Simplicity, Security and Reliability From Mobile Satellite Providers Benefit Government
Instead of magnifying technological problems, companies should minimize them for customers with complex missions.
Anyone who ever has switched to a new smartphone or computer knows that the transition is rarely smooth. Software never seems to load easily; printer connections need adjusting; passwords must be found; and online accounts have to be set up all over again.
Magnify that experience a dozenfold and you get a sense of what military and government personnel the world over face as they continually are tasked with understanding and operating ever-more technologically advanced weapon, communication and other systems. Just as with the general public, these government users face increasingly complex gadgetry every day. Each new electronic box or terminal has more buttons and complications than the one it replaced. These operators need simple and seamless technology that works every time, functioning as well in the dust of North Africa as in the rainy tropics of the Philippines.
The mobile communications requirements of military and other government customers have evolved gradually over the past few years. The conflicts in Afghanistan and Iraq coincided with the coming of age of the digital generation. Men and women entering government and military service today have known only a world in which they could always connect with their peers using a pocket-sized device. The need and demand for mobility in the field has led to a revolution in on-the-go communications supported by satellites.
Government customers using commercial satellites once were satisfied with simply buying a fixed amount of transponder service. But this new mobile world has caused a shift in what government customers need—even demand—from service providers.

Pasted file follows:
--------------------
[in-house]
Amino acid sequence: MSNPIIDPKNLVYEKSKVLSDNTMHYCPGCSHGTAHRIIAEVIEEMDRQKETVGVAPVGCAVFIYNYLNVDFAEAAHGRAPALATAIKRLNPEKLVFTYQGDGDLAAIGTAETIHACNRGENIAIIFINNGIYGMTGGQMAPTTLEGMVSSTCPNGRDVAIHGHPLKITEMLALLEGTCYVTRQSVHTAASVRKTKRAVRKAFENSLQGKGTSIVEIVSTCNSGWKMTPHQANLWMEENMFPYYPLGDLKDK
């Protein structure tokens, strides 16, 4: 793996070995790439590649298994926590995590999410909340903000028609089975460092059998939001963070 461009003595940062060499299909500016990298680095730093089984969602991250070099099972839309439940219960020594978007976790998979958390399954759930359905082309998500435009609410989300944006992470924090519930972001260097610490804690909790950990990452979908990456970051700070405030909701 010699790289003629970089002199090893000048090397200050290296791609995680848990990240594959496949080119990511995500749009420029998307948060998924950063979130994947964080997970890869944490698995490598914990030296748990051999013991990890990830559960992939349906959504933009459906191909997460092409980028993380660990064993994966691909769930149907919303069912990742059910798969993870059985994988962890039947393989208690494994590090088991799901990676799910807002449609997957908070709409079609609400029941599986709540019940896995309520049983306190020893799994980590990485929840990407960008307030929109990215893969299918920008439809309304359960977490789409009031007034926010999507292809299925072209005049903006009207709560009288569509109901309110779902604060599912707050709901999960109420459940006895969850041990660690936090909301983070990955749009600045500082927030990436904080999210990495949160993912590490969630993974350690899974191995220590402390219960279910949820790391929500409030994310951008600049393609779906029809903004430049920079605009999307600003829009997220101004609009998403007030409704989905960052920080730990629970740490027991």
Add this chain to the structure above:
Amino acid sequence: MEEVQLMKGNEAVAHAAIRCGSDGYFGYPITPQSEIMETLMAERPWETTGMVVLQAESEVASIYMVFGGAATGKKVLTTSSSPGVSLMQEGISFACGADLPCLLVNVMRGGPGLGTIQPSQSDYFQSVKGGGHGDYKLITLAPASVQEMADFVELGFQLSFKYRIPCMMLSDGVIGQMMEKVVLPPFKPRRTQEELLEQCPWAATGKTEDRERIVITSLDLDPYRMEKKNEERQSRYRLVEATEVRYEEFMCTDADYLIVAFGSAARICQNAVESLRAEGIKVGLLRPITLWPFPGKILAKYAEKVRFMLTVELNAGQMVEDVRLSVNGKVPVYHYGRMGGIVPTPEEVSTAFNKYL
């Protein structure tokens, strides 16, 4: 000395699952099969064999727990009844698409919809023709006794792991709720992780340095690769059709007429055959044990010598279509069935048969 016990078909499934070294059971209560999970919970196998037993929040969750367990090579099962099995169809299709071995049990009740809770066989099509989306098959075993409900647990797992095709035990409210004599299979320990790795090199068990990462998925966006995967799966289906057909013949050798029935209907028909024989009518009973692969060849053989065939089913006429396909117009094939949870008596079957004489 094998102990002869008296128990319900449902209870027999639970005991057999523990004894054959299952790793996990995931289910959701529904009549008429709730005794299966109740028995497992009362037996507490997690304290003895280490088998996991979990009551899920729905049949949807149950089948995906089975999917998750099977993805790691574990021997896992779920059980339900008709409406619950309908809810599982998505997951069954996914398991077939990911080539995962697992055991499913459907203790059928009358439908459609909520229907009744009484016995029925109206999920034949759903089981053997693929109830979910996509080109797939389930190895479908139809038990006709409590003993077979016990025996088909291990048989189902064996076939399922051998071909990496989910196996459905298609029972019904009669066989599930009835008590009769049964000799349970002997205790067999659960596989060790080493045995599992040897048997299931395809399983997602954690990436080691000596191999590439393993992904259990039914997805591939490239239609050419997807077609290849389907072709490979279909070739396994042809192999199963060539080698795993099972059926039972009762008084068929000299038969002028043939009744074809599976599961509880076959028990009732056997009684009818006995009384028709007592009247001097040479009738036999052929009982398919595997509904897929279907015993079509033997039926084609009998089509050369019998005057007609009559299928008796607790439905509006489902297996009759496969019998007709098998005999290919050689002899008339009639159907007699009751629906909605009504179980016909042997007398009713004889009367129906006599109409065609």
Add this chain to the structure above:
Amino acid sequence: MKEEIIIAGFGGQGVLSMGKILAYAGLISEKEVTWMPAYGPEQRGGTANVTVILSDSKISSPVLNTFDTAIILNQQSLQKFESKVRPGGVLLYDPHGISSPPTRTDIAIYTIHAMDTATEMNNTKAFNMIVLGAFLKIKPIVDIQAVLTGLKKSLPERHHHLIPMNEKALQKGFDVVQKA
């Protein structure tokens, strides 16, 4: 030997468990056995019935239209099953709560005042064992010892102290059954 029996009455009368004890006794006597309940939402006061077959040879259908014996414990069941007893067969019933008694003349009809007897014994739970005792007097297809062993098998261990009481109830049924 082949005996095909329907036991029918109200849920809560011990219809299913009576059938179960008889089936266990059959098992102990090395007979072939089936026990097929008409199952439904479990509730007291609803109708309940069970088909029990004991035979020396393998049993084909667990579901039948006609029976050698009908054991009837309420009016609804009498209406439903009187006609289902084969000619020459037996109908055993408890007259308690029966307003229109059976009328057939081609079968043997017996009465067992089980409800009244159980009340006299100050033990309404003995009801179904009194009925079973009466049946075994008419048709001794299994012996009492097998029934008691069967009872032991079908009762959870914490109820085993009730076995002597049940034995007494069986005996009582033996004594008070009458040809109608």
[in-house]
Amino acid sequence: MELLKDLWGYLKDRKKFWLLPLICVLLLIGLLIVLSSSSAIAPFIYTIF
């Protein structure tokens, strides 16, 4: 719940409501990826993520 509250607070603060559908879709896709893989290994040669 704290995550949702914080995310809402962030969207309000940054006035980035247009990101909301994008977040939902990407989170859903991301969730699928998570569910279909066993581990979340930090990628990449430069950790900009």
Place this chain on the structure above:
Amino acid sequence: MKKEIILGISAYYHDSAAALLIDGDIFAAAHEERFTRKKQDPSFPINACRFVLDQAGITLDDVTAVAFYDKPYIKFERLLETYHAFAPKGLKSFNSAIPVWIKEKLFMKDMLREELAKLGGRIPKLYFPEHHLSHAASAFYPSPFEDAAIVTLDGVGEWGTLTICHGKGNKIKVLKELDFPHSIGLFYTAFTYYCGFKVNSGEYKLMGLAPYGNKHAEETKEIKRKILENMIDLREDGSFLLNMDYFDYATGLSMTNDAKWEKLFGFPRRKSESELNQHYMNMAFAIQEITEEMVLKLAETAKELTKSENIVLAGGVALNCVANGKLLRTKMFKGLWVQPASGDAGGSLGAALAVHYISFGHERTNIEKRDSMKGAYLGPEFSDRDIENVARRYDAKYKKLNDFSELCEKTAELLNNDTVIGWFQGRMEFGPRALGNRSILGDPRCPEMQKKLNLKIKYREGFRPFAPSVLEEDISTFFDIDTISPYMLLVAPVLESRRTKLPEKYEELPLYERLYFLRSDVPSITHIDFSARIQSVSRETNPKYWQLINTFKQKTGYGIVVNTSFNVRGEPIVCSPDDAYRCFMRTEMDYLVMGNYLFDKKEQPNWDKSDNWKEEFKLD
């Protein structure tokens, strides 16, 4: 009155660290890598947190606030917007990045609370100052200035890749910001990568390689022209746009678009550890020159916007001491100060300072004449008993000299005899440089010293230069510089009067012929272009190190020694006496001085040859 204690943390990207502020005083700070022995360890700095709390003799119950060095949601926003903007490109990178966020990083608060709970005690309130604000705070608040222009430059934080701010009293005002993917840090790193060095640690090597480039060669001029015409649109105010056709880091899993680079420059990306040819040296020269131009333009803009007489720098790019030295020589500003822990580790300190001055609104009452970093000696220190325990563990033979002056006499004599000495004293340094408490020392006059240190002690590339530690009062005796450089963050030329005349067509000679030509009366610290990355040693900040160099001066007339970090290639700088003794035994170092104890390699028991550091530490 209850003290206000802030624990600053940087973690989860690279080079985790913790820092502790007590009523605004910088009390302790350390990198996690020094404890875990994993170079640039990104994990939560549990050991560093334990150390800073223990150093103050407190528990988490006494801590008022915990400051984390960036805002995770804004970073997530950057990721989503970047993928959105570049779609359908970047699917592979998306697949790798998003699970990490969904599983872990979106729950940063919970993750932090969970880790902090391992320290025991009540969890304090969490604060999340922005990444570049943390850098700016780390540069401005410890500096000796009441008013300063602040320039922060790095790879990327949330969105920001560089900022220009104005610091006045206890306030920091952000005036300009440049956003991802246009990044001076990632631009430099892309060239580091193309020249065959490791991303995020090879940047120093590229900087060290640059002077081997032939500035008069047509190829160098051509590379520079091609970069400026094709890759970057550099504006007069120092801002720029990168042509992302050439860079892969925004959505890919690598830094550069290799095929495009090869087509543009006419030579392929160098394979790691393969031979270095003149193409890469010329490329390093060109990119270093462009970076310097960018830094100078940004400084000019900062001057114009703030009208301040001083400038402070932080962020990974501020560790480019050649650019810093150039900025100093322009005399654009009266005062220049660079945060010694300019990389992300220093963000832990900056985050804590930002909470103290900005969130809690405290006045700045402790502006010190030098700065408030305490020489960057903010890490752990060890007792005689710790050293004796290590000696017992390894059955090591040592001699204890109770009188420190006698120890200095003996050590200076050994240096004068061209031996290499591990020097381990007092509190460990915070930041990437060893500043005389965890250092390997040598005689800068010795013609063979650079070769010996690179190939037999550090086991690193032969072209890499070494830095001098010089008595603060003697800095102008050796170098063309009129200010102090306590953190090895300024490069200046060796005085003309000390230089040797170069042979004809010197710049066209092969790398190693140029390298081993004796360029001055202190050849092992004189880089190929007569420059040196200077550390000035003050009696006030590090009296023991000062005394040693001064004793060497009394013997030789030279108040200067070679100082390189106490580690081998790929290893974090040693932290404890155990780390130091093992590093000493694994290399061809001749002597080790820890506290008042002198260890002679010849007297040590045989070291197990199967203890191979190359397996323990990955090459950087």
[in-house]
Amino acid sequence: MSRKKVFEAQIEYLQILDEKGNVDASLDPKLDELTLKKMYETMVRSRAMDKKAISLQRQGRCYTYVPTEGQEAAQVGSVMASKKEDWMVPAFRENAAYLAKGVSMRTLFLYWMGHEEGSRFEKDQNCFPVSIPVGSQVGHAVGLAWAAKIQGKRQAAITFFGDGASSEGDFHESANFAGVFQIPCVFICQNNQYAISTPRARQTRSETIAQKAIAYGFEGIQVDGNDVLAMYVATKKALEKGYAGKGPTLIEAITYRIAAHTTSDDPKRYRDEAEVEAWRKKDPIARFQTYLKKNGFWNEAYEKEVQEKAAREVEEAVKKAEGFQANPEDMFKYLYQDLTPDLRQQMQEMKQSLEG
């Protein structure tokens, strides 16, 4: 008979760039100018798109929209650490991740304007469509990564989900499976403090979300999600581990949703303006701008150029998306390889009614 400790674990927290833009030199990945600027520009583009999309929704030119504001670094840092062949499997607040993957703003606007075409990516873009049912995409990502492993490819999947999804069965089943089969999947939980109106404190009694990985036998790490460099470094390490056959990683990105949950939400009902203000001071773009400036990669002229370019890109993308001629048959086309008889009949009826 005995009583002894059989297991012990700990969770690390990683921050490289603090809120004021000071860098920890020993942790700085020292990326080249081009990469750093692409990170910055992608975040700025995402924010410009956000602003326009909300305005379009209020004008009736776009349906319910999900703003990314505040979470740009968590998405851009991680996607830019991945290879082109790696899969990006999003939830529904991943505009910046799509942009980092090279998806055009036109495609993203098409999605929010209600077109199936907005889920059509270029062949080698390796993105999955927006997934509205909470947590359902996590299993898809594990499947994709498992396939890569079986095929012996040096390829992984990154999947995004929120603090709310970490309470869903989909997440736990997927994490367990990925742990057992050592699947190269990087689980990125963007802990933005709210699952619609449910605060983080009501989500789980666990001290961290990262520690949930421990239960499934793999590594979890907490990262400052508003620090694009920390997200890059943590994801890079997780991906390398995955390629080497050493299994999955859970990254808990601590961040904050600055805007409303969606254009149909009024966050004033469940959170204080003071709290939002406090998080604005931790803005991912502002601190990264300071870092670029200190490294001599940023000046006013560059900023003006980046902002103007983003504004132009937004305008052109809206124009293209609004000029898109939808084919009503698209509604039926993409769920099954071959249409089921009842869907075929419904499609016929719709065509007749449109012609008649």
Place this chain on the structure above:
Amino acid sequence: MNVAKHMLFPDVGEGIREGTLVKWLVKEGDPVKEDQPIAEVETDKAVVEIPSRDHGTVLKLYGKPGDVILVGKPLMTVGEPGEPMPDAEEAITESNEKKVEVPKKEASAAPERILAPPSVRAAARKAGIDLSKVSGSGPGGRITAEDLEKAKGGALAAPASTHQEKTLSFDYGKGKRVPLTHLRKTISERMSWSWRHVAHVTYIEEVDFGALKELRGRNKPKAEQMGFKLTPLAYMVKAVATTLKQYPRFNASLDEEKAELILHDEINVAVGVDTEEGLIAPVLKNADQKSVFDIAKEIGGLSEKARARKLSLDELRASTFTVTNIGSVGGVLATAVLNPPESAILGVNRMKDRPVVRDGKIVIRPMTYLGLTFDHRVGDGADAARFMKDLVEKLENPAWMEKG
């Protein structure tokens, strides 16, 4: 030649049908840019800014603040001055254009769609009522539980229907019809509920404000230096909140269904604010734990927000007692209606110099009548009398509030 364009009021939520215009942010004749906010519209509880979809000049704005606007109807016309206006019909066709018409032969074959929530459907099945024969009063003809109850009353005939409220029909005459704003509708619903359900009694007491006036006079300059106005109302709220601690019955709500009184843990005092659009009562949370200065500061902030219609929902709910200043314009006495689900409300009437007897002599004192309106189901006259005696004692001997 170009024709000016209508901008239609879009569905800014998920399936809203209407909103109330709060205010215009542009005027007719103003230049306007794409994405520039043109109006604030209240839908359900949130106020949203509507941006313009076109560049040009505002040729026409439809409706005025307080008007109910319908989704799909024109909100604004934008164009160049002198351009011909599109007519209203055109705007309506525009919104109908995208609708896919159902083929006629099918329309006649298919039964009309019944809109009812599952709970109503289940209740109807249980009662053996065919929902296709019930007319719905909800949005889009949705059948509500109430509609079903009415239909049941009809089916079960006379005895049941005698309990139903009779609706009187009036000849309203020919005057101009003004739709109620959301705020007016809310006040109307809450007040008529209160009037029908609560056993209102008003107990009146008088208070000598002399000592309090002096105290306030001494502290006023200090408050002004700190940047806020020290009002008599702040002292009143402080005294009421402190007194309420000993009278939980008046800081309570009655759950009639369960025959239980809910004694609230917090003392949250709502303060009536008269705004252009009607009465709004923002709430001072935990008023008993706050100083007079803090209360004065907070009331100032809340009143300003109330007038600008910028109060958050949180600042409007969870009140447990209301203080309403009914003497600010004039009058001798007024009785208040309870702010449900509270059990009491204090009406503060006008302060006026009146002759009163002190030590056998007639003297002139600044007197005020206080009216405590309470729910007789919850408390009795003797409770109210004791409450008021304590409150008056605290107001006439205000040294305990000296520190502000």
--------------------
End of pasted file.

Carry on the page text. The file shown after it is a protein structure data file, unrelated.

Overall, government customers are seeking a solution, not just equipment. A few years ago, the industry talked a lot about offering government customers commercial off-the-shelf (COTS) equipment. As devices have become more complicated, simply delivering a box of COTS technology does not work anymore. Many military units do not have personnel with the technical expertise to put a communications network together effectively. Military units around the world rely on staff contractors to maintain and update all varieties of equipment.
The problem with having the equipment but not the capability was driven home most tragically by the December 28, 2014, disappearance of AirAsia Flight 8501 traveling from Indonesia to Singapore (SIGNAL, May 2015, “Pilots Face Brick Wall-Like Icing Along Equator”).
Indonesian ships and airplanes had radios to communicate with one another, but they lacked the satellite connectivity essential to coordinating the overall search effort in the Java Sea from a central location. In a matter of hours, newly supplied satellite terminals were able to provide a link back to the primary coordination center in Jakarta, Indonesia, so that the radios could be used to communicate search progress and ultimately help officials find the submerged wreckage of the aircraft.
This example also shows how government customers can benefit from an integrated solution. Enabling one type of information to integrate with another—such as coupling radar signals and surveillance video—has become mandatory for many government agencies charged with monitoring vast geographic areas for terrorist or other threats. Such efforts create large networks of many small devices. These networks are not unlike an iPhone being used to adjust a thermostat, turn on a TV or monitor a security system at home. But these large government-operated monitoring networks require satellites to connect devices seamlessly, especially if the devices are in motion. One example is a network recently installed for an agency with jurisdiction over a major harbor in Asia. It involved taking images of ships entering and leaving the harbor, using video surveillance in dock areas, reading auto license plates and other monitoring, all fed via satellite to a central location.